Excluding Drug Users Without Committing Disability Discrimination

Tenants who abuse drugs and alcohol may be endangering not only themselves but also their neighbors. Tenant substance abuse can result in criminal activity, violence, fires, disturbances, and other threats to apartment community health, safety, and tranquility. But, from a legal standpoint, cracking down on substance abuse isn’t so simple. For one thing, drug and alcohol dependency and addiction aren’t just social problems but diseases. As such, they may qualify as “disabilities” protected by fair housing laws.

Tenants who abuse drugs and alcohol may be endangering not only themselves but also their neighbors. Tenant substance abuse can result in criminal activity, violence, fires, disturbances, and other threats to apartment community health, safety, and tranquility. But, from a legal standpoint, cracking down on substance abuse isn’t so simple. For one thing, drug and alcohol dependency and addiction aren’t just social problems but diseases. As such, they may qualify as “disabilities” protected by fair housing laws. Bottom line: While landlords are not only allowed but required to police their communities, they must also ensure that their anti-drug policies and practices don’t cross the line into disability discrimination.

This month’s lesson is dedicated to helping you walk this fine line. First, we’ll explain the confusing and frequently misunderstood rules governing how fair housing protections for the disabled apply to substance abusers. Then, we’ll show you how to apply the analysis to real-life operations by outlining eight rules to ensure that the things you do to keep drug users out of your community don’t expose you to liability for disability discrimination. When the lesson ends, you can take the Coach’s Quiz to see how much you’ve learned.  


The federal Fair Housing Act (FHA) bans discrimination based on “handicap” (in accordance with current practice, we’ll use the term “disability” instead of “handicap”), which is defined as:

  • A “physical or mental impairment which substantially limits one or more of such person’s major life activities”;
  • A record of having such an impairment; or
  • Being regarded as having such an impairment, even if the perception is false.   

Notice that the definition doesn’t mention anything about controlled substances. That omission is significant because in actual cases, persons suing for disability discrimination have the burden of proving that they have a disability under the law. The good news for these plaintiffs is that guidance from the U.S. Department of Housing and Urban Development (HUD), the Department of Justice (DOJ), and the Congress that enacted the FHA, as well as rulings from the courts that interpret it, have made it very clear that drug and alcohol use and addiction are deemed to be “physical or mental impairments” under the law. However, two important caveats apply.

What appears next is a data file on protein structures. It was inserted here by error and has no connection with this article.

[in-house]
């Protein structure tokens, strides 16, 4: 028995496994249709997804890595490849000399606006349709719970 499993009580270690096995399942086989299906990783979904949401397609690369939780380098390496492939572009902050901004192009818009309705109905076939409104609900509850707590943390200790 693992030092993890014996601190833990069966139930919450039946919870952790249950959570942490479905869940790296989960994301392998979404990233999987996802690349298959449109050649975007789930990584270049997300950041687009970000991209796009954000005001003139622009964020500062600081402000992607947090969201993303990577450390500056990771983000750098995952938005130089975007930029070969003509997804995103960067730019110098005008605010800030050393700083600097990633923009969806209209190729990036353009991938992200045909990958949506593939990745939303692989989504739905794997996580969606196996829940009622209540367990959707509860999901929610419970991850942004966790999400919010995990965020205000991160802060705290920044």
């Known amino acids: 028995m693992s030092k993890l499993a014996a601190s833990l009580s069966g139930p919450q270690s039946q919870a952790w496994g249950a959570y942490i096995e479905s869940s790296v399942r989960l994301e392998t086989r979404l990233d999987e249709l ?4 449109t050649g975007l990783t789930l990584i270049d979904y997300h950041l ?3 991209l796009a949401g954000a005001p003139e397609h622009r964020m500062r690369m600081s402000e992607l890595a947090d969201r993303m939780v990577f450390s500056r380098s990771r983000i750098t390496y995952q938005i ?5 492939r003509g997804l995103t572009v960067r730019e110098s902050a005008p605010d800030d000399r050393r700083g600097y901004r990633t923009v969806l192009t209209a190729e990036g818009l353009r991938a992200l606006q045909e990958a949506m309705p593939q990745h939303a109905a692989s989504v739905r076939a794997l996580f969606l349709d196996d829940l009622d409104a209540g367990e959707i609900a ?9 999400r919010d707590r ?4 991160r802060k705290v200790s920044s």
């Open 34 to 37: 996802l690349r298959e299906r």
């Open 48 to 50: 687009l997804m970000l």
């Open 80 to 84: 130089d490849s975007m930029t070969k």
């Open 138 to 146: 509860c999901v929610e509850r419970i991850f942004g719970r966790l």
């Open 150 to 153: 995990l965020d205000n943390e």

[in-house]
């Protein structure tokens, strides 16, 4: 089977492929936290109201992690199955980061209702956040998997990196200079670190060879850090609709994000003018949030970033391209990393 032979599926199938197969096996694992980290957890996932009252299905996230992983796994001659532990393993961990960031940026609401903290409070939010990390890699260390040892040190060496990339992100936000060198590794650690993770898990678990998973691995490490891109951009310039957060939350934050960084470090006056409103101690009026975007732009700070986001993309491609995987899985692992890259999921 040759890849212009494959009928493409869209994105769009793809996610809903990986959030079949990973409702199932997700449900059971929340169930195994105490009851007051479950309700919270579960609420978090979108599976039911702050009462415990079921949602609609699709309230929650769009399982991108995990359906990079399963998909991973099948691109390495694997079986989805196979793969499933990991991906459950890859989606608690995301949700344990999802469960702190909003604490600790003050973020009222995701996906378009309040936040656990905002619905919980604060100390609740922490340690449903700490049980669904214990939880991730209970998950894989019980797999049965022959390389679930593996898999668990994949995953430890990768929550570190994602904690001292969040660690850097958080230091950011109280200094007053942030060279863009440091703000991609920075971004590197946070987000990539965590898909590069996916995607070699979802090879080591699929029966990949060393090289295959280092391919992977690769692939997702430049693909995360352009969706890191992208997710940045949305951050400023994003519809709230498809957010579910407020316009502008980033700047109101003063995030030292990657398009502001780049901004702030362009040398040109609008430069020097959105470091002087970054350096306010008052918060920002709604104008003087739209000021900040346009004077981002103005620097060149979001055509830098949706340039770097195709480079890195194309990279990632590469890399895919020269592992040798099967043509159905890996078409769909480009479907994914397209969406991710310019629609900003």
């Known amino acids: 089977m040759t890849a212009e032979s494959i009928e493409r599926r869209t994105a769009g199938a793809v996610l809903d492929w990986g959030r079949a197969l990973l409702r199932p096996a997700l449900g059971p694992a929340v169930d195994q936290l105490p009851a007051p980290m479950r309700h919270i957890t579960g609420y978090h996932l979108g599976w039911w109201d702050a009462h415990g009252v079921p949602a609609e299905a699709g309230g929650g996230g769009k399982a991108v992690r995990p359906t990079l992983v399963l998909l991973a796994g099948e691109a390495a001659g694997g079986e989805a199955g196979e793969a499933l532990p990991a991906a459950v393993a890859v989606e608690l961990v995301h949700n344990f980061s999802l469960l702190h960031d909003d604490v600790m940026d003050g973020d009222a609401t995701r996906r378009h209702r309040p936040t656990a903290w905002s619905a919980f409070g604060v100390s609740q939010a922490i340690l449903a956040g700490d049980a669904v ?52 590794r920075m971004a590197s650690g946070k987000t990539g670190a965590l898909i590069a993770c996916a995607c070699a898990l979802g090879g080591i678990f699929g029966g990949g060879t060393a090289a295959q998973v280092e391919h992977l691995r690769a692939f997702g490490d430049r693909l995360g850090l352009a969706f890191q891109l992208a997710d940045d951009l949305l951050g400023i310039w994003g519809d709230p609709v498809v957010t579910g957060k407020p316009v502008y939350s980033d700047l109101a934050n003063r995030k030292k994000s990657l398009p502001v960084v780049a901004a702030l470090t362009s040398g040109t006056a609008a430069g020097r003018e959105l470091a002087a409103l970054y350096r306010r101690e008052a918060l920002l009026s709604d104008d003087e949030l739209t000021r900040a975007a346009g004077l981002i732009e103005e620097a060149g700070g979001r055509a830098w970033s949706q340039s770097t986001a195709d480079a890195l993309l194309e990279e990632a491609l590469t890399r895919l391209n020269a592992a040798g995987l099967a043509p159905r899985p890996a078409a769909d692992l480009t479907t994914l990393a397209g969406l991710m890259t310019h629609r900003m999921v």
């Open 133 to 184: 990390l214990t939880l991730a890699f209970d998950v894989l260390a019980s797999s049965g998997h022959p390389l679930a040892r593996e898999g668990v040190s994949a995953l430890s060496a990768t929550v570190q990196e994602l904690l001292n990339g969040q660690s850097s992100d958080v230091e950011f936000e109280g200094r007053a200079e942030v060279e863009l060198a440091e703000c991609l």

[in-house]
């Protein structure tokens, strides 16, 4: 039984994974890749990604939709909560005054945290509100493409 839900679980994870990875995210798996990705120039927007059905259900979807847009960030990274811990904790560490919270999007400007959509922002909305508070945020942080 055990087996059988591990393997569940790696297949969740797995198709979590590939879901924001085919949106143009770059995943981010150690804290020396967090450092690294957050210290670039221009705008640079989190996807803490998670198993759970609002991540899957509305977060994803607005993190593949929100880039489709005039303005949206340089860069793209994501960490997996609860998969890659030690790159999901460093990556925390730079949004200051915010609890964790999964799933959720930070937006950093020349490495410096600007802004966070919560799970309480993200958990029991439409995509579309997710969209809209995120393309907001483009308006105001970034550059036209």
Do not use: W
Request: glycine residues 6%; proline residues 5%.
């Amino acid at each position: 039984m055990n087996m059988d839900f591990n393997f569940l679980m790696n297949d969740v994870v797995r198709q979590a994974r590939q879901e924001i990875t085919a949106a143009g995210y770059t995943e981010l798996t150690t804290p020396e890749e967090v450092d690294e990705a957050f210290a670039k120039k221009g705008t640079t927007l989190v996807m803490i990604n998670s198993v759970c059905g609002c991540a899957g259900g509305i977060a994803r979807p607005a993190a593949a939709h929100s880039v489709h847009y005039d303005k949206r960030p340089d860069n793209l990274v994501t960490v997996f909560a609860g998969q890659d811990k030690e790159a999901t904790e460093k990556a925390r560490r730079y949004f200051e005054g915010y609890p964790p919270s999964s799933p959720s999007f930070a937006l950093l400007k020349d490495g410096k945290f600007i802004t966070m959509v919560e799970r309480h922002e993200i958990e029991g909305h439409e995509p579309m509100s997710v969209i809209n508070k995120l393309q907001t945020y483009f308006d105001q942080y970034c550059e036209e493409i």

Current vs. Former Illegal Drug Use

FHA protection extends only to former users of controlled substances and illegal drugs; current drug use is legitimate grounds for rejecting a rental applicant or evicting a tenant. Unfortunately, there’s no universally recognized definition of current drug use for purposes of applying the FHA rule.

The regulations implementing the Americans with Disabilities Act (ADA) define current illegal drug use as “illegal use of drugs that occurred recently enough to justify a reasonable person’s belief that a person’s drug use is current or that continuing use is a real and ongoing problem” [28 CFR 36.104].

The closest thing we have to a definitive definition is a set of guidelines contained in HUD Handbook 4350.3 to help providers of federally assisted (Section 202, Section 811, Section 221, and Section 236) housing communities distinguish between current and former drug users. According to the Handbook, former drug users protected by the FHA ban on disability discrimination include an individual who:

  • Has successfully completed a supervised drug rehabilitation program or has otherwise been successfully rehabilitated and is no longer engaging in illegal drug use;